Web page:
XCAL

AcronymDefinition
XCALeXternal Calibrator
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References in periodicals archive ?
It is also interesting that Mather describes significant problems with Xcal prior to launch, as follows: "Now without gravity to help hold it in place, the calibrator popped out of the horn every time the test engineers inserted it by means of the same electronic commands they would use once COBE was in orbit.
On the ground, the Xcal could "pop out" of the horn if the satellite was turned on its side [22, p.
When FIRAS first begins to transfer data to the Earth, a calibration file using Xcal had not been collected in space [22, p.216].
Yet, as will be seen below, in sections 2.3.3 and 2.3.4, FIRAS was unable to yield proper nulls, either with the sky and Ical, or with Xcal and Ical.
The problems with correctly establishing temperatures for Xcal and Ical were central to the mission, as these investigators recognized: "There were two important problems.
The temperature errors on Xcal are fitted with an "arbitrary offset in the Xcal thermometer and the result was -7.4[+ or -]0.2 mK for this offset" [38].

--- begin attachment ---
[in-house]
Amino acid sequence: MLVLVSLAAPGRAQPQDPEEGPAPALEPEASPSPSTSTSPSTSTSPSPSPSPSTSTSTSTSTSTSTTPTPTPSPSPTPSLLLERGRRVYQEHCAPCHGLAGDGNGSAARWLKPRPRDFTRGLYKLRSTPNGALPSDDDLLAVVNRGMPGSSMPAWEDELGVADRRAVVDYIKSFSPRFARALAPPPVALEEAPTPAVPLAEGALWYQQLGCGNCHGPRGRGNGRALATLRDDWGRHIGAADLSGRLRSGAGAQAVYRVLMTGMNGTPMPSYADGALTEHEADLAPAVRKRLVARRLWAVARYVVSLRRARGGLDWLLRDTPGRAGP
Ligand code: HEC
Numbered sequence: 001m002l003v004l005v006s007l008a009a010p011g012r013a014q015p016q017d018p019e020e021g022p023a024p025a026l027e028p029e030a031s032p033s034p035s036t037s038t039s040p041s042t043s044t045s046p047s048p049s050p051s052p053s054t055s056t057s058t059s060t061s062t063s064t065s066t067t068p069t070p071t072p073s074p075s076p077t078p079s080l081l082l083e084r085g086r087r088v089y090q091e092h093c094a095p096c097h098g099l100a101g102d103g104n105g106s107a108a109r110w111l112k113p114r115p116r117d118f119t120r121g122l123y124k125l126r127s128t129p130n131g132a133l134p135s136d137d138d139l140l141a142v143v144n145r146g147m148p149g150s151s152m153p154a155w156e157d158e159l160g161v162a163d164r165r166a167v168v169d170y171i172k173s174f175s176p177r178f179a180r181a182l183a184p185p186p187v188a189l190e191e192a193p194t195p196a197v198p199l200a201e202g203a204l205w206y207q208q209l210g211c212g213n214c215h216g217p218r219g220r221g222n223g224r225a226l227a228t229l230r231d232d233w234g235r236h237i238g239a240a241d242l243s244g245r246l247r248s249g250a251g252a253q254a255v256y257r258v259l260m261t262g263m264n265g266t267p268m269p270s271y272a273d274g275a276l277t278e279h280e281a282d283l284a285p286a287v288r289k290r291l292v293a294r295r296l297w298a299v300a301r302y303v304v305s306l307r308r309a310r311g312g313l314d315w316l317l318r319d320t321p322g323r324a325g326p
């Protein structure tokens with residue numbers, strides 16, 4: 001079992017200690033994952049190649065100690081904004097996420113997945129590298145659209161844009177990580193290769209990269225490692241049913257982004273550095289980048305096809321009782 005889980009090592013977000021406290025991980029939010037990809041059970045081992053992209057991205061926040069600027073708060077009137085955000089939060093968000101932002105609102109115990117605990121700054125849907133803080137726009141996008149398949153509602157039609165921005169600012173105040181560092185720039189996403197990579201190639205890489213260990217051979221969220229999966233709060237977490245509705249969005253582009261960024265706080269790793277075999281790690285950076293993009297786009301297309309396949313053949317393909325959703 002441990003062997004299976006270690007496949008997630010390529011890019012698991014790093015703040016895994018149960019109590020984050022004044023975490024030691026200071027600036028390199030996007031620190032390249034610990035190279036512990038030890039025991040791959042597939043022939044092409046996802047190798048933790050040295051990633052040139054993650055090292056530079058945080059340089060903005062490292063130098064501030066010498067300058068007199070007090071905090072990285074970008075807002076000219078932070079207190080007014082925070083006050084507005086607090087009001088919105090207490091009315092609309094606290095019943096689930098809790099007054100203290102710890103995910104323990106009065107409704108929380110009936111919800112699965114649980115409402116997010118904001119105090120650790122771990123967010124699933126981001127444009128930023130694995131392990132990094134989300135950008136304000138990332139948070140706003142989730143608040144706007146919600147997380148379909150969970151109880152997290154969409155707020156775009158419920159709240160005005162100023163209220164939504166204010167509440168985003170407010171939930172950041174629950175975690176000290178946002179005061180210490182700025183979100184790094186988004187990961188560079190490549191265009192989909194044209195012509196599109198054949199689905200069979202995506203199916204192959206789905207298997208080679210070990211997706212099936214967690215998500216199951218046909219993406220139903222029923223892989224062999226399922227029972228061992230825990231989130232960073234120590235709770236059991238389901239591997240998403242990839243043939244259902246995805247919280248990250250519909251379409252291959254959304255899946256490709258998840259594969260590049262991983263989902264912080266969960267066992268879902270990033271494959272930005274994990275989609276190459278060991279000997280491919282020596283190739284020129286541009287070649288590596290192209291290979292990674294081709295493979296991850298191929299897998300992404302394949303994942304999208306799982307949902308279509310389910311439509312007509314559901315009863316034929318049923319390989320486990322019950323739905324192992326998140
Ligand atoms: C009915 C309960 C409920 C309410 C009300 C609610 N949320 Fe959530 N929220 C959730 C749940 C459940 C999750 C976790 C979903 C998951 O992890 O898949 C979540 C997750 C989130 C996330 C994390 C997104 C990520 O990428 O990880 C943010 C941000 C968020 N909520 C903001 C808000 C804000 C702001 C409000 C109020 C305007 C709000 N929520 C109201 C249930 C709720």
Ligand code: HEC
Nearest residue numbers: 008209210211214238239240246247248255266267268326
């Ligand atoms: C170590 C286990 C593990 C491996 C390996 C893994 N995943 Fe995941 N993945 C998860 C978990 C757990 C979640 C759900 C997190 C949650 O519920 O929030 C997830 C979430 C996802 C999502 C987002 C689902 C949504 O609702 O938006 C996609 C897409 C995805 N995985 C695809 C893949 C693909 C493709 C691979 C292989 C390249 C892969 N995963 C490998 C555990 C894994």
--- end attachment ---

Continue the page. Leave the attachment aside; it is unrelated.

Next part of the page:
As represented in Figure 1, FIRAS functions as a differential spectrometer, wherein the sky or the external reference, Xcal, are being constantly compared to an internal reference blackbody, Ical.
In analyzing the bottom trace in Figure 7, it is evident that a null cannot be achieved, when Xcal is set at nearly the same temperature as Ical (Xcal = 2.750 K, Ical = 2.759 K).
It is vital to understand the exact temperatures for Xcal and Ical, when a null spectrum is achieved by the two calibrators.
The error bar in setting the absolute temperature, using Xcal, drops precipitously from 60 mK to 10 mK (see Table 1).
A critical aspect of the calibration procedure is that the external calibrator, Xcal, is treated as providing a perfect blackbody signal to the rest of the instrument.
Calibration involves: "comparison of the sky with an ideal movable external blackbody calibrator (Xcal) that can fill the aperture of the sky horn.